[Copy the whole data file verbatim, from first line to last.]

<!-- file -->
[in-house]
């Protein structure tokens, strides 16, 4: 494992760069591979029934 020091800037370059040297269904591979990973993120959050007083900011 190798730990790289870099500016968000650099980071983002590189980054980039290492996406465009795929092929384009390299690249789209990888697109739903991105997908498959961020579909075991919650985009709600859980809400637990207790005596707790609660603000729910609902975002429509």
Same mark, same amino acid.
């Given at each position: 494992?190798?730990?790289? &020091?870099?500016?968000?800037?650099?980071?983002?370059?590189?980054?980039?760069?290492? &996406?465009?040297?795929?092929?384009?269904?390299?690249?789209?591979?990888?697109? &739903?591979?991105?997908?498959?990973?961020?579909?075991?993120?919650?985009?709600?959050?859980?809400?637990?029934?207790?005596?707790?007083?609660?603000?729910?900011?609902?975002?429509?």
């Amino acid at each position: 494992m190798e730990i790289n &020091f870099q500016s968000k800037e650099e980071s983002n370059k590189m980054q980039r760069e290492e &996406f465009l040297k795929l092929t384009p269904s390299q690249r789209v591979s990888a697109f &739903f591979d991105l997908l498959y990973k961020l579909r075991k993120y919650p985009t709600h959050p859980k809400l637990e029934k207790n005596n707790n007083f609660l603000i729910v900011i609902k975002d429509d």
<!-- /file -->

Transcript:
[in-house]
């Protein structure tokens, strides 16, 4: 494992760069591979029934 020091800037370059040297269904591979990973993120959050007083900011 190798730990790289870099500016968000650099980071983002590189980054980039290492996406465009795929092929384009390299690249789209990888697109739903991105997908498959961020579909075991919650985009709600859980809400637990207790005596707790609660603000729910609902975002429509």
Same mark, same amino acid.
């Given at each position: 494992?190798?730990?790289? &020091?870099?500016?968000?800037?650099?980071?983002?370059?590189?980054?980039?760069?290492? &996406?465009?040297?795929?092929?384009?269904?390299?690249?789209?591979?990888?697109? &739903?591979?991105?997908?498959?990973?961020?579909?075991?993120?919650?985009?709600?959050?859980?809400?637990?029934?207790?005596?707790?007083?609660?603000?729910?900011?609902?975002?429509?």
């Amino acid at each position: 494992m190798e730990i790289n &020091f870099q500016s968000k800037e650099e980071s983002n370059k590189m980054q980039r760069e290492e &996406f465009l040297k795929l092929t384009p269904s390299q690249r789209v591979s990888a697109f &739903f591979d991105l997908l498959y990973k961020l579909r075991k993120y919650p985009t709600h959050p859980k809400l637990e029934k207790n005596n707790n007083f609660l603000i729910v900011i609902k975002d429509d």